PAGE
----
- to make (an idea, statement, etc.) clear or intelligible; to free from ambiguity.
- to remove solid matter from (a liquid); to make into a clear or pellucid liquid.
- to free (the mind, intelligence, etc.) from confusion; revive: The short nap clarified his thoughts.
- to become clear, pure, or intelligible: The political situation clarified.
Origin of clarify
SynonymsSee more synonyms for clarify on Thesaurus.com
Examples from the Web for clarification
They did not respond to multiple requests for clarification.Rand Paul Gives War a Chance
August 18, 2014
Shapiro has not responded to my request for clarification on his comment.‘Bomb Gaza’ Game Maker: ‘F**k Them All’
August 5, 2014
Clarification: in a country with vile, daily crimes against women it is wrong for privileged women to file trivial cases.How India’s Elites Encourage Rape
July 15, 2014
The Daily Beast reached out to Feliciano for clarification about his "ambiguously gay" statement."Why I Called Lindsey Graham 'Ambiguously Gay'"
March 14, 2014
Clarification of the U.S. intention to defend South Korea might have deterred Stalin, who respected the threat of force.Soviet-Era Secret Leakers Were Way Worse Than Snowden
August 7, 2013
A calmness had set in and with it had come a clarification of his thought.Cleo The Magnificent
After a second he thought of a clarification and added: "FBI."Out Like a Light
Gordon Randall Garrett
Dialectic is the handmaiden of virtue; and all clarification is morality.Philosophy and The Social Problem
When inferior sugar is employed, clarification is always necessary.Cooley's Practical Receipts, Volume II
Honoria hesitated, looking to the wide view for clarification.Atlantic Classics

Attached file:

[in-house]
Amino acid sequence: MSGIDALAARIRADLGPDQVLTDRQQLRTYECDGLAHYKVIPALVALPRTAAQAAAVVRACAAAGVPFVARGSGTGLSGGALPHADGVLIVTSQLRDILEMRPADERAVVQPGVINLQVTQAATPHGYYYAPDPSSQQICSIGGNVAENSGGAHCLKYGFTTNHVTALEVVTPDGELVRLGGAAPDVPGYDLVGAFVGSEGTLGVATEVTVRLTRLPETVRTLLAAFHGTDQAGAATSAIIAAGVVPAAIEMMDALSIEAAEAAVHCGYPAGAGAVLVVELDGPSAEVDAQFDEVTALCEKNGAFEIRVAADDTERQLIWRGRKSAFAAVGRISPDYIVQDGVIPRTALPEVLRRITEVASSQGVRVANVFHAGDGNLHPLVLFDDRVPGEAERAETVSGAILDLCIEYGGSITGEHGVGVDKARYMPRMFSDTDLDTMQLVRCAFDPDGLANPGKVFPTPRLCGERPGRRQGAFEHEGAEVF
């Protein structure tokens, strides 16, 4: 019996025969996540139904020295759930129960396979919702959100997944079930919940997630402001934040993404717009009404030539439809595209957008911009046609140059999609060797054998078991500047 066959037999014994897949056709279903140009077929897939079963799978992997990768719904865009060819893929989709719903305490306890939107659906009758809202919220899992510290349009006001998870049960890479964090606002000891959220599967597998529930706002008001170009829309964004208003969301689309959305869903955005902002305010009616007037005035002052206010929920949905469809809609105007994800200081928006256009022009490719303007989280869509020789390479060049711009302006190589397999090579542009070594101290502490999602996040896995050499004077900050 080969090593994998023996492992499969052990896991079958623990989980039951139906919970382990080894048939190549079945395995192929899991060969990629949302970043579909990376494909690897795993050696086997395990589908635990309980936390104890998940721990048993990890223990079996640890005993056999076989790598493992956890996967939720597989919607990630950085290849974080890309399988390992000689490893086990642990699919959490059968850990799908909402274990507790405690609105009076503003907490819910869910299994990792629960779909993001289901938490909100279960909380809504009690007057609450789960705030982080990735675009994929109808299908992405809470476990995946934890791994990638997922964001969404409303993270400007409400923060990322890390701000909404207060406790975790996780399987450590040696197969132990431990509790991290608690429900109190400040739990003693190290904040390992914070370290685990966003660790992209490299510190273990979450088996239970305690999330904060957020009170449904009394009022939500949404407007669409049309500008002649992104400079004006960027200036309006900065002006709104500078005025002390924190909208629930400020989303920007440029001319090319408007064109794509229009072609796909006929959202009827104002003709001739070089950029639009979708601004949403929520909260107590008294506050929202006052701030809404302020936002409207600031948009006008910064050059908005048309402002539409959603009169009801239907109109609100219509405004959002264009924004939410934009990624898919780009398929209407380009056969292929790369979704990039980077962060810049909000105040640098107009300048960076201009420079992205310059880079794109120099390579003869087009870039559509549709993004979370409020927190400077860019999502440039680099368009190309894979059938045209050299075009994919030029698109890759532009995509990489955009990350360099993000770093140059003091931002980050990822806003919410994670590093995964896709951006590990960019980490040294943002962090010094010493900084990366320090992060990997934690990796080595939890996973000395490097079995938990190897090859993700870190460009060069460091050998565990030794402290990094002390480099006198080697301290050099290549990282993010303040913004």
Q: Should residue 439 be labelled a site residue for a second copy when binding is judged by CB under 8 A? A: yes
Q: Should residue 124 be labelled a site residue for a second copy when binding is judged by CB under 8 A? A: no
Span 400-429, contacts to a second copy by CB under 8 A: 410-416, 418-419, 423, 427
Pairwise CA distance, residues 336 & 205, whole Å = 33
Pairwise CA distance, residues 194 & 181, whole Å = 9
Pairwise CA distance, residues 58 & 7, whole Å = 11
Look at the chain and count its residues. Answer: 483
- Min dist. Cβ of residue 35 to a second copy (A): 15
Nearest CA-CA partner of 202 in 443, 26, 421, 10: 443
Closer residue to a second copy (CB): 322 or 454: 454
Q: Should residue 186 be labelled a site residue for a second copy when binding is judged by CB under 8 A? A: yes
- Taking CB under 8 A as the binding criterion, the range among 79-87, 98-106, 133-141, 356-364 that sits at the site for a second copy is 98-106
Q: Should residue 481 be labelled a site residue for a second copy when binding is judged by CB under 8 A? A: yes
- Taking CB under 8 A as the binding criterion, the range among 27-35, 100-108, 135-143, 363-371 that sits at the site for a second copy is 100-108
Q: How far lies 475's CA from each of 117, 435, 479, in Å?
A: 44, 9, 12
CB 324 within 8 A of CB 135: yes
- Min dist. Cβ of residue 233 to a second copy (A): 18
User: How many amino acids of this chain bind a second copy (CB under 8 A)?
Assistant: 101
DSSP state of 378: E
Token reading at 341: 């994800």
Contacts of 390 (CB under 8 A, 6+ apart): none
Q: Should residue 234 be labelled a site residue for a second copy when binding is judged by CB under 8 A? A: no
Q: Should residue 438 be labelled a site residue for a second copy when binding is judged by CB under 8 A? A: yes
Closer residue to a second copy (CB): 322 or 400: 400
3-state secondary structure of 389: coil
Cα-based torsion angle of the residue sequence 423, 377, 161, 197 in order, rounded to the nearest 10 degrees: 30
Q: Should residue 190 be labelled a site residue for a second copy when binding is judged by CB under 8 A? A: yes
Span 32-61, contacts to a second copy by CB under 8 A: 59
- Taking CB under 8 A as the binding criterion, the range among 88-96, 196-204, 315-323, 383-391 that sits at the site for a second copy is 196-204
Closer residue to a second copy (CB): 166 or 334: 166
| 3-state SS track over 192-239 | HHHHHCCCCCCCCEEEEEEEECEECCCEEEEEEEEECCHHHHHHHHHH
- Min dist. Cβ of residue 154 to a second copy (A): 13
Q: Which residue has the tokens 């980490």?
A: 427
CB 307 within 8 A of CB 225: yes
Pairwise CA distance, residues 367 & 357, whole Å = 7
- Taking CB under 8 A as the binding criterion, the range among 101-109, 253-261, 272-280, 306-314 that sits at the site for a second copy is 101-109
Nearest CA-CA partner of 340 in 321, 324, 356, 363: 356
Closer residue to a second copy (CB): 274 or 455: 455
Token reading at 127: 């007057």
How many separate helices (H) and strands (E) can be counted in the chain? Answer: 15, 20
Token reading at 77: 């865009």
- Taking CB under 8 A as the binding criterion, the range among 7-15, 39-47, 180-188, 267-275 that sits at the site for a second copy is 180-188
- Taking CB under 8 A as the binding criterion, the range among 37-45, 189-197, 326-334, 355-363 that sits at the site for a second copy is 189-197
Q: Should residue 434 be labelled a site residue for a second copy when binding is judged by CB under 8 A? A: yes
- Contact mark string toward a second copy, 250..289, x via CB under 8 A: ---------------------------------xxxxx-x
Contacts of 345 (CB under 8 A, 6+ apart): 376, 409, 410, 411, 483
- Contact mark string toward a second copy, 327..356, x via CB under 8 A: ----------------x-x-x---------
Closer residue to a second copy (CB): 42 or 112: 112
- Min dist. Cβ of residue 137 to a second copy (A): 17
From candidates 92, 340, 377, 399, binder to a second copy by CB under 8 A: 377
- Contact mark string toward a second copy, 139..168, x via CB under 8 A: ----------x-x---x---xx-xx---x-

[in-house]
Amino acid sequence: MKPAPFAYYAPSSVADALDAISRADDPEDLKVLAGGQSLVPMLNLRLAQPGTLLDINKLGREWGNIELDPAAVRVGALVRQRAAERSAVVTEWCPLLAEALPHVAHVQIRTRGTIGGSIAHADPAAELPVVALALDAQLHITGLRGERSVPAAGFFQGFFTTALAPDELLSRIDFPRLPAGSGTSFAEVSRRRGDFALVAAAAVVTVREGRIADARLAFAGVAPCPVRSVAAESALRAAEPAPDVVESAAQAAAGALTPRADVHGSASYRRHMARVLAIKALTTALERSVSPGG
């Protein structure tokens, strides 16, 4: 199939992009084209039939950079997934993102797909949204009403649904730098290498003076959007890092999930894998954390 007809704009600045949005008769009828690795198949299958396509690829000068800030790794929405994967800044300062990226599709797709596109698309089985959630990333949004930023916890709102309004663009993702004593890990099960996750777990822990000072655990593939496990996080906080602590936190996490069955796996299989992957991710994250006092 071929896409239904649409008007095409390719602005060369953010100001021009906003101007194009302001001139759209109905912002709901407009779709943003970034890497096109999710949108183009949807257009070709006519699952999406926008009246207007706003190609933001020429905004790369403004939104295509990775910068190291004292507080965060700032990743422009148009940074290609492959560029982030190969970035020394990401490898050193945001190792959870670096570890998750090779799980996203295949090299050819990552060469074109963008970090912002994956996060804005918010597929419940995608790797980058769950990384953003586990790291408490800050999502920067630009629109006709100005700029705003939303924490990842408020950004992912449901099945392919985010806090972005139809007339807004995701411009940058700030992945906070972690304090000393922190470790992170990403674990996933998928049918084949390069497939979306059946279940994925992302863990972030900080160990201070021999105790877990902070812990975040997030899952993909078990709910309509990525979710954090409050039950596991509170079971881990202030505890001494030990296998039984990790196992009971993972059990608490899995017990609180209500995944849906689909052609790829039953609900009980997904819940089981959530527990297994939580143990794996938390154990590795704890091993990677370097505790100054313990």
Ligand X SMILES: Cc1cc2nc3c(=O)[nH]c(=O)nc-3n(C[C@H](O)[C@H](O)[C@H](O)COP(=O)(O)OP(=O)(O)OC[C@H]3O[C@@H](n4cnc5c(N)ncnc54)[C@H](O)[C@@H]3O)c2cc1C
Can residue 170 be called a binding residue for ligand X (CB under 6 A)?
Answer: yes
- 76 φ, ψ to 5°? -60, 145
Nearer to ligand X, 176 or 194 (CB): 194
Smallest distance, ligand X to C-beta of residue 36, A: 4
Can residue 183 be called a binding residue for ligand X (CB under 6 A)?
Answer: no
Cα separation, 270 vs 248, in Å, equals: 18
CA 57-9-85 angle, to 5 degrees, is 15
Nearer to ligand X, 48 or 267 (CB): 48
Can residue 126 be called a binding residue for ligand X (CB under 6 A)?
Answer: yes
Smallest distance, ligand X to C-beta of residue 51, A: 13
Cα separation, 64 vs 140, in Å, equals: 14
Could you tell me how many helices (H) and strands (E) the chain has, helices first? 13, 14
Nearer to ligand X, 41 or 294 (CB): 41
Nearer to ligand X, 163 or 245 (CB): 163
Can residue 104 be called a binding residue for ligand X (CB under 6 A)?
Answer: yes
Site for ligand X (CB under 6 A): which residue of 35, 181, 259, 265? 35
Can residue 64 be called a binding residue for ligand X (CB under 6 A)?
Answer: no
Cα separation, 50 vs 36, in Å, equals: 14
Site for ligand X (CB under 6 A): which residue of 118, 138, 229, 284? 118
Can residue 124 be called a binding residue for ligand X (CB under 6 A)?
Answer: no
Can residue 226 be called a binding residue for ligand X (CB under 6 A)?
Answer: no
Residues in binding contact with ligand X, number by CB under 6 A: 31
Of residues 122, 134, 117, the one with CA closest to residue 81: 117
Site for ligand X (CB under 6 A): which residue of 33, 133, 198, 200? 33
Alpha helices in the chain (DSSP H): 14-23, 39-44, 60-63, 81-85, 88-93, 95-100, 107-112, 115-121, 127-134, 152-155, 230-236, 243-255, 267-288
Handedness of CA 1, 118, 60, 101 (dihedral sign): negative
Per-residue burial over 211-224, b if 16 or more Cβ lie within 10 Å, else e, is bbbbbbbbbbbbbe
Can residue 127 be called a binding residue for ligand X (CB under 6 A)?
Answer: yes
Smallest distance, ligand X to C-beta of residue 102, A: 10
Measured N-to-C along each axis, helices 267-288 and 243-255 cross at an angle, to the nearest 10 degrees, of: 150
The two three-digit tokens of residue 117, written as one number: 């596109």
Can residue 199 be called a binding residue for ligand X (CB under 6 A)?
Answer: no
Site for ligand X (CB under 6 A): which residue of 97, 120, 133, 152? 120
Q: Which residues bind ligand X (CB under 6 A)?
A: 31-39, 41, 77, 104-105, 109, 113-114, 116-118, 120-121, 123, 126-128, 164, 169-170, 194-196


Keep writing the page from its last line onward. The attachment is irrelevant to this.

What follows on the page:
- to make or become clear or easy to understand
- to make or become free of impurities
- to make (fat, butter, etc) clear by heating, etc, or (of fat, etc) to become clear as a result of such a process
Word Origin and History for clarification
1610s, "act of clearing or refining" (especially of liquid substances), from French clarification, from Late Latin clarificationem (nominative clarificatio), noun of action from past participle stem of clarificare (see clarify). The meaning "statement revising or expanding an earlier statement but stopping short of a correction" is attested by 1969, originally in newspapers.
early 14c., "make illustrious, make known," from Old French clarifiier "clarify, make clear, explain" (12c.), from Late Latin clarificare "to make clear," also "to glorify," from Latin clarificus "brilliant," from clarus "clear, distinct" (see clear (adj.)) + root of facere "to make, do" (see factitious).
Meaning "make clear, purify" is from early 15c. in English; intransitive sense of "grow or become clear" is from 1590s. Figurative sense of "to free from obscurity" is from 1823. Related: Clarified; clarifying.